Mad Men Season 6 Finale: 9 Things I Learned From Jamming All Six 'Mad Men' Seasons Into a 3-Month Period

I'm late to the game. Embarrassingly late. When Mad Men first aired, I was a 19-year-old college sophomore, and now I'm a month away from turning 25. Don Draper would never say "better late than never" (even though he's been anything but professional or prompt lately), but I'm happy I just got hooked on Mad Men before its final season, which premieres in 2014.

I've been watching Mad Men for a little over three months. I actually started on the Ides of March, when a friend convinced me to see what it was all about. My roommate and mother had been trying to recruit me for a while, but I always refused, as I'd heard the show had lots of sexist, racist, and outdated themes. Of course, as one of our pundits recently pointed out, there's much more to the AMC drama than 1960s discrimination, and I'm glad I finally saw the light this spring and somehow managed to binge-watch all six seasons. 

It's not ideal to have a solo Mad Men marathon and watch the intense, often emotionally trying series all at once, but I did gain and observe a few things from "rushing" the experience. Here's what I've learned.

1. Pete Campbell ages more than anyone else on the show

He looked fresh and ready to take on the ad world in season one, but comes across as worn out in season six:

Too much yelling and bridge-burning? I think so.

2. He also needs to chill out ...

Is it just me or is he constantly in attack mode? 

And when it doesn't go in his favor ... 

He's getting schooled by someone, or something. 

3. Peggy's transformation is astounding

Peggy is introduced as a quiet, young secretary and quickly evolves into a tough, smart, unstoppable copywriter. She can hold her own and stand up to any man at the office, including Don Draper, whom she calls a "monster" in season six. Peggy is my favorite person on the entire show, and I'd even venture to say she's more important than Don.

4. The relationships change

Remember Pete and Peggy? Don and Betty? Roger and Joan? Even Don and Megan?

All of those relationships fizzle in later seasons, and I was even bummed out to see Roger and Joan may be totally over in Sunday's finale, when she kindly tells him that he's allowed to be a part of their son's life but not her own. It seems like Joan's confidence is gone, at least with regard to Roger and her job.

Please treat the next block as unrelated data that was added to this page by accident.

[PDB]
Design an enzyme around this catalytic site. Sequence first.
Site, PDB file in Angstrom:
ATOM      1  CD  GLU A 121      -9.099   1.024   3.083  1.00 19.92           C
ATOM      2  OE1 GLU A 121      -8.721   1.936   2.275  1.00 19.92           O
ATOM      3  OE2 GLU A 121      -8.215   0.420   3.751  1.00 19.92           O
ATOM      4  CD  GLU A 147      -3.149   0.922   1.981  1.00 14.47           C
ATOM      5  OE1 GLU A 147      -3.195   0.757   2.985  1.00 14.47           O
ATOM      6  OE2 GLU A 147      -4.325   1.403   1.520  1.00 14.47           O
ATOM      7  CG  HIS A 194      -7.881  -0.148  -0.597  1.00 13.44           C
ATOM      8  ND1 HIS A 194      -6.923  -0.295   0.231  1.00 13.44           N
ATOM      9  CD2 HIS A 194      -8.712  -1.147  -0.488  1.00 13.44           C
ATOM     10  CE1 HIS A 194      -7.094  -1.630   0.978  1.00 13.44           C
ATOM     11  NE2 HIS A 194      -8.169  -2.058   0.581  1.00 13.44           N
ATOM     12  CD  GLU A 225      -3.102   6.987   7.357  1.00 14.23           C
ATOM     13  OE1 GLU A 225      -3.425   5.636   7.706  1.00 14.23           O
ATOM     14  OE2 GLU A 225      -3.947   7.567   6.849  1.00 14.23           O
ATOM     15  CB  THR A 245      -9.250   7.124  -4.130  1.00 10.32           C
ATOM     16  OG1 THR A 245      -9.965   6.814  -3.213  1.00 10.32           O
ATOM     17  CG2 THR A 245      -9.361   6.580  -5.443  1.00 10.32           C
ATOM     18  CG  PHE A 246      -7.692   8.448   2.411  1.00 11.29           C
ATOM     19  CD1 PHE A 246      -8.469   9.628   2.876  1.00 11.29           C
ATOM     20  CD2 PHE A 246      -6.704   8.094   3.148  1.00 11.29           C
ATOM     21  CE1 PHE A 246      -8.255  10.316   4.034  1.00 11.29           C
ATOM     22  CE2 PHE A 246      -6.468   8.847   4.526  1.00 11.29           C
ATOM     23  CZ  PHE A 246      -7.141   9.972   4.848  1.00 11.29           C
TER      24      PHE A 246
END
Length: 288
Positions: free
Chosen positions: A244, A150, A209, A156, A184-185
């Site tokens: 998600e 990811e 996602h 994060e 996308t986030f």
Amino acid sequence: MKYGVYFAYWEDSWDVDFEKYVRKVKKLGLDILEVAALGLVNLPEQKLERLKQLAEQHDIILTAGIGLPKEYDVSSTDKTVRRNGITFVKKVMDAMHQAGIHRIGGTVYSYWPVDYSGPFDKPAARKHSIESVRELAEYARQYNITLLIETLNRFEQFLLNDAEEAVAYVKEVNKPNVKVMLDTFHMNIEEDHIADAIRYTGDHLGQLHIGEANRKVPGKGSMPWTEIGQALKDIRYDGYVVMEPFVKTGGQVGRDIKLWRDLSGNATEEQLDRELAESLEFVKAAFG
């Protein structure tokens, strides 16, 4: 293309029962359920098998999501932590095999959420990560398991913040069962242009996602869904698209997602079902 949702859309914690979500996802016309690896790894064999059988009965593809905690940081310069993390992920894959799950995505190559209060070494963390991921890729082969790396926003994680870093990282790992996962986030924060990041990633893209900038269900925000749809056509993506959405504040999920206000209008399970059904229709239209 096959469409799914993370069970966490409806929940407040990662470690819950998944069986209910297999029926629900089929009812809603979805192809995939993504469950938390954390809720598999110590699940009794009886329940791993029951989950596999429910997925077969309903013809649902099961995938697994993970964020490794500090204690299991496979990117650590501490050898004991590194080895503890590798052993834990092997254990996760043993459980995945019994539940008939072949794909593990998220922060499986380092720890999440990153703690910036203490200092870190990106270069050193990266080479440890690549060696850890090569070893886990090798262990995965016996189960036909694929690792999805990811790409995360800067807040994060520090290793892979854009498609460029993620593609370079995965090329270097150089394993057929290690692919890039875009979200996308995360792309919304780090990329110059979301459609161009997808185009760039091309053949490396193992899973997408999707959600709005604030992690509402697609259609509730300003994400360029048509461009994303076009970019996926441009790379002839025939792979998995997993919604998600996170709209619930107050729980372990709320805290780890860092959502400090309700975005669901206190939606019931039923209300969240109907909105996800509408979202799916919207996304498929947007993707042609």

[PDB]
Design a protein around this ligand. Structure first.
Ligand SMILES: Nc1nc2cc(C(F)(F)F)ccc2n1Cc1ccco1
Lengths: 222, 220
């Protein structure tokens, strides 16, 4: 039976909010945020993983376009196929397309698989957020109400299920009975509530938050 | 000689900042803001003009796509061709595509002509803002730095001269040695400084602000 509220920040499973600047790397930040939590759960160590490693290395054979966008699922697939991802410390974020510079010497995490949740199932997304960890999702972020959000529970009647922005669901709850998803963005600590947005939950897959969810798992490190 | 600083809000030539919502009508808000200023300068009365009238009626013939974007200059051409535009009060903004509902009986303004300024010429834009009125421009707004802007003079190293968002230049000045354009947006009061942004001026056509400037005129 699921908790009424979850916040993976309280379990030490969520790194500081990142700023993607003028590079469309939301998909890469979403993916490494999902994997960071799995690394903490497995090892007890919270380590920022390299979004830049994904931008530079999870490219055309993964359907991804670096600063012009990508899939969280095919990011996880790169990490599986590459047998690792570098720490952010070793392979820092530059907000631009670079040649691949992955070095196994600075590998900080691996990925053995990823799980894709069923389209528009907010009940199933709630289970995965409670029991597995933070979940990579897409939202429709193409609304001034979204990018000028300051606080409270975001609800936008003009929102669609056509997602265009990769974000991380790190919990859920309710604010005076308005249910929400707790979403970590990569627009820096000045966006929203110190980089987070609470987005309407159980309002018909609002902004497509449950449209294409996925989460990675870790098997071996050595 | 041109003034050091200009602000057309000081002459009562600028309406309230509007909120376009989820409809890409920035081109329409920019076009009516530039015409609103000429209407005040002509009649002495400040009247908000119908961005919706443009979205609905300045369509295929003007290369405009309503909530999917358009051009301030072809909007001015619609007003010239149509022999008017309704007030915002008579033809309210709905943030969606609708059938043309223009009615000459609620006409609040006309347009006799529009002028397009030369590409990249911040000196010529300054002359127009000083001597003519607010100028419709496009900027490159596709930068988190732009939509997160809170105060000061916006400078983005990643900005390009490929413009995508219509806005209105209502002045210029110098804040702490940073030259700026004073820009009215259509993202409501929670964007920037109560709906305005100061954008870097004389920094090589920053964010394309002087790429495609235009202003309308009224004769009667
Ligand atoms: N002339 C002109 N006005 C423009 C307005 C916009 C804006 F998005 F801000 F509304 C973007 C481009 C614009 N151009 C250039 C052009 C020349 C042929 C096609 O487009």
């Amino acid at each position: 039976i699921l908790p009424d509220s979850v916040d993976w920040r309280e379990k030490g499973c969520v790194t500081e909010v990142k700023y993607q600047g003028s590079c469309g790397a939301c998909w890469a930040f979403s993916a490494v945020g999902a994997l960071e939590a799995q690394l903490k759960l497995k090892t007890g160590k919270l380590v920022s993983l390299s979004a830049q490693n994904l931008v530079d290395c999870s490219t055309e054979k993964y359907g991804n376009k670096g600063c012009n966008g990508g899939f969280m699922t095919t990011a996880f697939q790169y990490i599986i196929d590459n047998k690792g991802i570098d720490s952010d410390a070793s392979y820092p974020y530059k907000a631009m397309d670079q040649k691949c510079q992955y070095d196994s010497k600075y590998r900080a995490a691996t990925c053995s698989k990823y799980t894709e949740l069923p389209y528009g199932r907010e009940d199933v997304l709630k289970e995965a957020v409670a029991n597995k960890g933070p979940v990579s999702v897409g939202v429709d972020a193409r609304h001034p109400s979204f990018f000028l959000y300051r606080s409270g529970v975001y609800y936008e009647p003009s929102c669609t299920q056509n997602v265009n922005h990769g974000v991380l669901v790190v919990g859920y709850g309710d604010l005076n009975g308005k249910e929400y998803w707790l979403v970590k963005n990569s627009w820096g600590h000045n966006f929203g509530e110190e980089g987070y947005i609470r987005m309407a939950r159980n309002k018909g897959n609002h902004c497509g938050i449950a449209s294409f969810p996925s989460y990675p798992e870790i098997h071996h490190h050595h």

I always thought Peggy and Pete would wind up together again, and for a while, I wanted this, as I like when shows circle back to initial themes and story lines, but she's too different for that to happen in season seven. They're done, and from the looks of Sunday's installment, perhaps Megan and Don are as well.

Is there a single sustainable romance on this show? Is there any chance Betty and Don could rekindle their toxic connection, or will he end up alone with his miserable "ex-wife and kids," as Megan said?

5. Everything is swept under the rug

One of my favorite Mad Men lines is Don's famous comment to Peggy: "This never happened. It will shock you how much this never happened." On one hand, it's wrong to treat problems as if they don't exist, but Peggy is able to move forward with her life thanks to Don's words of wisdom. And look at her now.

6. Don's issues circle back to his identity

Don opens up about his tumultuous childhood in the season six finale, causing his stunned colleagues and children to worry. He's told to leave the company for a while as a result of sharing too much information on his youth, among other things, but ends the episode by showing his kids where he grew up. Will he finally be happy if he embraces his true identity, Dick Whitman? Maybe not, but it would certainly give him one less thing to be dishonest about.

7. Don is never going to change

The whole fidelity thing just isn't for him, and he cheats so much throughout the series that it's never shocking when he has an affair (except maybe with Sylvia, who is just wretched, mean, and volatile). You could say he's a bad husband, but more than anything, commitment just isn't his thing.

8. Season five is such a downer

I had to watch Parks and Rec on repeat after Mad Men season five just to be in a good mood again. I won't give too much away, but the season is seriously depressing, and I'm relieved season six is slightly more uplifting.

9. Joan's character softens

As Peggy's character gets feistier and more assertive, Joan softens and becomes more subdued. At the beginning of the series, we see her bully plain-looking, uncertain Peggy, but once Peggy proves she's powerful and not a doormat, Joan stops messing with her. She also appears less concerned with maintaining her Queen Bee status after having Kevin. I miss the old Joan, who could take down any man in that office, but am glad Peggy still has a sparkle in her eye. Maybe Joan will get it back in season seven.